Upper limb mononeuropathy refers to pathology affecting a single peripheral nerve of the upper limb. The peripheral nerve may be damaged anywhere along its course from the spinal nerve root, as part of the brachial plexus, or along its terminal branches. Damage results in weakness, disturbance of sensation, and/or pain. Generally, the term mononeuropathy refers to nerve damage occurring distal to the brachial plexus. There are more than 10 individual nerves in the arm distal to the brachial plexus, so many different mononeuropathies can occur. Occasionally more than 1 individual nerve is affected. This may be referred to as mononeuropathy multiplex, although, strictly speaking, this term virtually always connotes a vasculitic process affecting multiple peripheral nerves.
The most common mononeuropathies of the upper extremity are carpal tunnel syndrome, ulnar neuropathy, and radial neuropathy.  These are believed to be due to mechanical injury caused by compression or trauma. Most commonly this can be seen in the median nerve at the wrist (carpal tunnel syndrome) or in the ulnar nerve at the elbow.  Trauma is the most frequent cause of the less common radial neuropathy, although this can also occur from compression over the spiral groove (Saturday night palsy). These relatively benign mononeuropathies must be differentiated from more sinister causes, which tend to occur outside of compression sites and frequently involve more than 1 nerve (i.e., mononeuritis multiplex). Lesions in the spinal nerve root and in the brachial plexus also have different aetiological considerations and need to be differentiated from the more common compression/traumatic neuropathies.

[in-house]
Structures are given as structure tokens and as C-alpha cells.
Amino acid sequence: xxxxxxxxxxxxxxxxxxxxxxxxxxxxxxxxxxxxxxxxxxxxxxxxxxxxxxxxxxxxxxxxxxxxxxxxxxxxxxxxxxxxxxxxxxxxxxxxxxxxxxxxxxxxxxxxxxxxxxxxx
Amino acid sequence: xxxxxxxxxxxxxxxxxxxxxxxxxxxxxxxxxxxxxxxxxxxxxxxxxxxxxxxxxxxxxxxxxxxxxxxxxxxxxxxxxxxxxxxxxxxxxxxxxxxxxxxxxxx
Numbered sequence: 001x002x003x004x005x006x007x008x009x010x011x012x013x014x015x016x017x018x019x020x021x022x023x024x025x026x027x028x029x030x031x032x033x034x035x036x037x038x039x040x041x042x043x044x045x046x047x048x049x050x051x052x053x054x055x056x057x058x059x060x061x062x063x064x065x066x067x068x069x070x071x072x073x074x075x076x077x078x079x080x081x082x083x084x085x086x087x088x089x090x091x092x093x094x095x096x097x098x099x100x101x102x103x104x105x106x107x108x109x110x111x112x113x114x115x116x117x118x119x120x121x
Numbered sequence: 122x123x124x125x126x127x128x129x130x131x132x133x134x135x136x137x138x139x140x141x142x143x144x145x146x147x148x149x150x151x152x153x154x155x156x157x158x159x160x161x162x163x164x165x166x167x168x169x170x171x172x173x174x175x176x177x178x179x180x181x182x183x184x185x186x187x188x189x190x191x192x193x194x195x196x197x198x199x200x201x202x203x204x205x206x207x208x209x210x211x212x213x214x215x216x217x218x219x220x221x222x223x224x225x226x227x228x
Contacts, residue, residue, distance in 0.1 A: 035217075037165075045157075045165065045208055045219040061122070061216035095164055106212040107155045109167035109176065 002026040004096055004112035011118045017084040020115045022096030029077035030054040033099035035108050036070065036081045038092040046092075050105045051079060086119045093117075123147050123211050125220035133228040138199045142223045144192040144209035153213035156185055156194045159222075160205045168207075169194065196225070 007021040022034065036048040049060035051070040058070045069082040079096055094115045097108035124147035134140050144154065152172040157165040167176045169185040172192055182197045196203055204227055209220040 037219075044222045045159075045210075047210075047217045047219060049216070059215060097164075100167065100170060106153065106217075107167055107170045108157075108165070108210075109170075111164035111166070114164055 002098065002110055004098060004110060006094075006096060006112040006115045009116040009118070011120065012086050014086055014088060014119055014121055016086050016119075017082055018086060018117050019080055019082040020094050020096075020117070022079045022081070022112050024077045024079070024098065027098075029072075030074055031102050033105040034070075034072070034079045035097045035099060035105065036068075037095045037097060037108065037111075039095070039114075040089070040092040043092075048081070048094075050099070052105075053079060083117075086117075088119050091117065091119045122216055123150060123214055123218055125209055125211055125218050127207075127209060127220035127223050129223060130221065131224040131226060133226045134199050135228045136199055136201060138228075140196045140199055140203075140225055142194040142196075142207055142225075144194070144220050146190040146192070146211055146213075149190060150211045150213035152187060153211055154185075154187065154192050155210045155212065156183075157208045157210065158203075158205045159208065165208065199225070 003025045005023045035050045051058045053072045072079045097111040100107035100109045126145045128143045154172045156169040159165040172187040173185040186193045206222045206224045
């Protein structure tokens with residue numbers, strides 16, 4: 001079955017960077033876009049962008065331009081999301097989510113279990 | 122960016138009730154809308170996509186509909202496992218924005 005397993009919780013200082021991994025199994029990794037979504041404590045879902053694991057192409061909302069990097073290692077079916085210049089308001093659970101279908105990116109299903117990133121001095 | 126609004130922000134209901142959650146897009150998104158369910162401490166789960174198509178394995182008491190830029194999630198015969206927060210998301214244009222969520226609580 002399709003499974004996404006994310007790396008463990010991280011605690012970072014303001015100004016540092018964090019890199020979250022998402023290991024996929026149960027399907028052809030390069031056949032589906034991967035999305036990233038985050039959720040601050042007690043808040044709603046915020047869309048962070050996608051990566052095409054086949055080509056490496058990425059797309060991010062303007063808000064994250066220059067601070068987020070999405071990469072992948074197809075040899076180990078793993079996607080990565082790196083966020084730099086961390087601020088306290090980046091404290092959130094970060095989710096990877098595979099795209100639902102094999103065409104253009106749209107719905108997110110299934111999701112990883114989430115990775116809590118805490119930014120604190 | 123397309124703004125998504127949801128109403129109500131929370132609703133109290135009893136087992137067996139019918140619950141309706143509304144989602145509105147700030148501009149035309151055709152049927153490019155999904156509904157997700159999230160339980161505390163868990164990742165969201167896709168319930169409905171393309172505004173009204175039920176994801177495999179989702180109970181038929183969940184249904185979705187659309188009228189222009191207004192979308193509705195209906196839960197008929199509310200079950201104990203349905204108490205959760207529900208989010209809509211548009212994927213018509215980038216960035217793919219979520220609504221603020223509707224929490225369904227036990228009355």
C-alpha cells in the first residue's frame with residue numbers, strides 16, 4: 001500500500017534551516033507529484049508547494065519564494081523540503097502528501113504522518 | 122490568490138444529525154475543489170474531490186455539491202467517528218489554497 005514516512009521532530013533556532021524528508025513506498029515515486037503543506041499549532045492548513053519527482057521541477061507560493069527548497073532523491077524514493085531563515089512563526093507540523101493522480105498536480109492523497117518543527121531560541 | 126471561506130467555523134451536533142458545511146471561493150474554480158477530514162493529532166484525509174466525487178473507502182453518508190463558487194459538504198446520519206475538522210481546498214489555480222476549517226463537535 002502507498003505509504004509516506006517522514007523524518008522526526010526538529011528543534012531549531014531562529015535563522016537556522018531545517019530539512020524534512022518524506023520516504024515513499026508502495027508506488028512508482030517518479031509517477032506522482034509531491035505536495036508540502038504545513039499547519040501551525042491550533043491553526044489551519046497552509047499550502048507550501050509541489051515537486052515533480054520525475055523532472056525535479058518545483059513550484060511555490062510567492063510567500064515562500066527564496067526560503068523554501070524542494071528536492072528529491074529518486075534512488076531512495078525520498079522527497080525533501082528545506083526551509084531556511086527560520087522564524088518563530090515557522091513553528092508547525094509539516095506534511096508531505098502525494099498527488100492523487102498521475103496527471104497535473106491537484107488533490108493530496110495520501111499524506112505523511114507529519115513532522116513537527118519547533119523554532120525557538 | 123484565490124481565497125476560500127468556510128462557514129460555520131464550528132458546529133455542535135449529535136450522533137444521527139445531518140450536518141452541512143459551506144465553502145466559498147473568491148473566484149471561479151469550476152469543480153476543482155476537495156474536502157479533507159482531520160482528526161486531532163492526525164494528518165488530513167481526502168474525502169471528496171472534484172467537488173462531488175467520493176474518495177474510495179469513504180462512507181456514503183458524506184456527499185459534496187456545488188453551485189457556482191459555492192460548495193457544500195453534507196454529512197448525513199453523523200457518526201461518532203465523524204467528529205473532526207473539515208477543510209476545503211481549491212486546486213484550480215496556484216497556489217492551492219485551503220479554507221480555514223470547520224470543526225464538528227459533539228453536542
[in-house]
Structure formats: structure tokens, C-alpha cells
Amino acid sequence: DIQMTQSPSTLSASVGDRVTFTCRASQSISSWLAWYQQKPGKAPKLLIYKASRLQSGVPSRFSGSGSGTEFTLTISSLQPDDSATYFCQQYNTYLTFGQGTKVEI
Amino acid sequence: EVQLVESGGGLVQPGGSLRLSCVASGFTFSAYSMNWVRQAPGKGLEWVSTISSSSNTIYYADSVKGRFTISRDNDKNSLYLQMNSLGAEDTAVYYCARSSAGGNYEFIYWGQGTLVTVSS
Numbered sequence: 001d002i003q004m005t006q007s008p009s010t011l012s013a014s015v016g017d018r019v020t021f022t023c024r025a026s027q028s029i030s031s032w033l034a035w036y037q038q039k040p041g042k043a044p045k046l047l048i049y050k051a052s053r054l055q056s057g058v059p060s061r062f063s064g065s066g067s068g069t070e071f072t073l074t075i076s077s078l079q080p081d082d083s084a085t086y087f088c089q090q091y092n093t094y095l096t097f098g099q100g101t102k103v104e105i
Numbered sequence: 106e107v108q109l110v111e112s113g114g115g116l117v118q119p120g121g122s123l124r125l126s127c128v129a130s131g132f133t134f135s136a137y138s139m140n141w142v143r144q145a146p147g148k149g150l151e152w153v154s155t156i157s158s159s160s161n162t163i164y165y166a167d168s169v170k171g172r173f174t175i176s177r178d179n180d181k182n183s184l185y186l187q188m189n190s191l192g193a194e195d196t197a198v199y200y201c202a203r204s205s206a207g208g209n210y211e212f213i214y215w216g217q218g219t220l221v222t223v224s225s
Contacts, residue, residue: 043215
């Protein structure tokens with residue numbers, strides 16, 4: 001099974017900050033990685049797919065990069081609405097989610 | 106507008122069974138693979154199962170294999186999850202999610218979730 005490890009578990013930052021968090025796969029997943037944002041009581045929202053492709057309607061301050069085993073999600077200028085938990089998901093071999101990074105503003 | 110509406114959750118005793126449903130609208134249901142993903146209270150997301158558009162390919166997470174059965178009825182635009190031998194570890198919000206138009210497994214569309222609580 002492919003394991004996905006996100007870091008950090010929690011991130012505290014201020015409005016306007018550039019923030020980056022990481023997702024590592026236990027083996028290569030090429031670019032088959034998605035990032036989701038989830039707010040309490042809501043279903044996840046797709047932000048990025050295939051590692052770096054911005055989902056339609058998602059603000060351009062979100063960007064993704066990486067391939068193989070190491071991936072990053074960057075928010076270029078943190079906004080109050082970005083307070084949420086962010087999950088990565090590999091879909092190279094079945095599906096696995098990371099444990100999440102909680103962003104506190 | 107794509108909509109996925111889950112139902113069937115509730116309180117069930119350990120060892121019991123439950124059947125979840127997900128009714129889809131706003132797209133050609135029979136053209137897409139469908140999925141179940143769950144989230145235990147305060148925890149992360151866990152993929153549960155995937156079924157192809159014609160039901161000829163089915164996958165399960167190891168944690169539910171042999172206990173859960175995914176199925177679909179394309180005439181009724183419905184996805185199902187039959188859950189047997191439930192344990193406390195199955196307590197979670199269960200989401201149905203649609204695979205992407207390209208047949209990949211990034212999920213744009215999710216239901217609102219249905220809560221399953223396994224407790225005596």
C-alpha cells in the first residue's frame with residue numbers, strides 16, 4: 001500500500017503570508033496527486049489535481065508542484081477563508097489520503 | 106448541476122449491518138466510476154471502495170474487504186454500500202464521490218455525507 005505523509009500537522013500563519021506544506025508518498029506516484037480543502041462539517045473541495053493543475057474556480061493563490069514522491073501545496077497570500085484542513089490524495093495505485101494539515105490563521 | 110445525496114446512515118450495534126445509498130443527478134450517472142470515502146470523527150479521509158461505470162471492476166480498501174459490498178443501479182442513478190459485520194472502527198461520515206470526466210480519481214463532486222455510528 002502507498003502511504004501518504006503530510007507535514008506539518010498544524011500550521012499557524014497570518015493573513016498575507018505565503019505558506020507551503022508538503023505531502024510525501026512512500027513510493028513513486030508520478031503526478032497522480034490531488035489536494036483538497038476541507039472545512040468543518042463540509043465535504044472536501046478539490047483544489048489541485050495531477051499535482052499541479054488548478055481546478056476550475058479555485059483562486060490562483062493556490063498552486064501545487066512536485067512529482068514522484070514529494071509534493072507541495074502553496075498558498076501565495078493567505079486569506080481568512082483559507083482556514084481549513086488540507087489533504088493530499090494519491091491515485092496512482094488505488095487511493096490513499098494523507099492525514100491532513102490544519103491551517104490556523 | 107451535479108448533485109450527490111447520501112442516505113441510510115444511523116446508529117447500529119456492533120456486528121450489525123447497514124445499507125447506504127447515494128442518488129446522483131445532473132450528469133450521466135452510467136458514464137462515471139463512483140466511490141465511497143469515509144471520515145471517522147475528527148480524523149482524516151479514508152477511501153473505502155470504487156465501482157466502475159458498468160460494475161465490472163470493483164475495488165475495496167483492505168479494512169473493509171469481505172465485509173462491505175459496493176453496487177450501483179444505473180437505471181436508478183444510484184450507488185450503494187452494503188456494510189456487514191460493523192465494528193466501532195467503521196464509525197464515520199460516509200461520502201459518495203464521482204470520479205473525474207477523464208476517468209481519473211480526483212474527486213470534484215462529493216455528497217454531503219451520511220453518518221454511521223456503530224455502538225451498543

The occurrence of multiple mononeuropathies outside of compression sites suggests vasculitis or segmental demyelination in the context of antibodies against some of the peripheral myelin compounds. Although both are rare, recognising these conditions (particularly vasculitis) is critical. Brachial plexopathies are often idiopathic. Idiopathic brachial plexopathy has many synonyms, including brachial neuritis, Parsonage-Turner syndrome, and brachial amyotrophy. However, unlike in the distal nerve where tumours are rare, extrinsic compression by malignancy needs to be considered, particularly when symptoms localise to the medial cord or lower trunk of the brachial plexus, a localisation that can appear to mimic an ulnar neuropathy. Nerve root lesions can also mimic the distal mononeuropathies. In general, these result from traumatic or degenerative disc disease. However, malignancy and infection can also cause cervical radiculopathies and need to be considered in the appropriate setting.
Clinical Associate Professor
University of British Columbia
HRB receives royalties from UpToDate for an article she contributed to, "Approach to sensory loss", and she is on the editorial board of Continuum, a continuing education journal produced by the American Academy of Neurology.
Dr Hannah R. Briemberg would like to gratefully acknowledge Dr Naser Alotaibi, a previous contributor to this monograph. NA declares that he has no competing interests.
Assistant Professor of Neurology
Director of EMG Laboratory & Peripheral Neuropathy Center
Department of Neurology & Neurosciences
New Jersey Medical School
NS declares that he has no competing interests.
Associate Professor of Neurology
Department of Neurology
Santa Maria Hospital/Instituto de Medicina Molecular - Faculty of Medicine
MdC declares that he has no competing interests.
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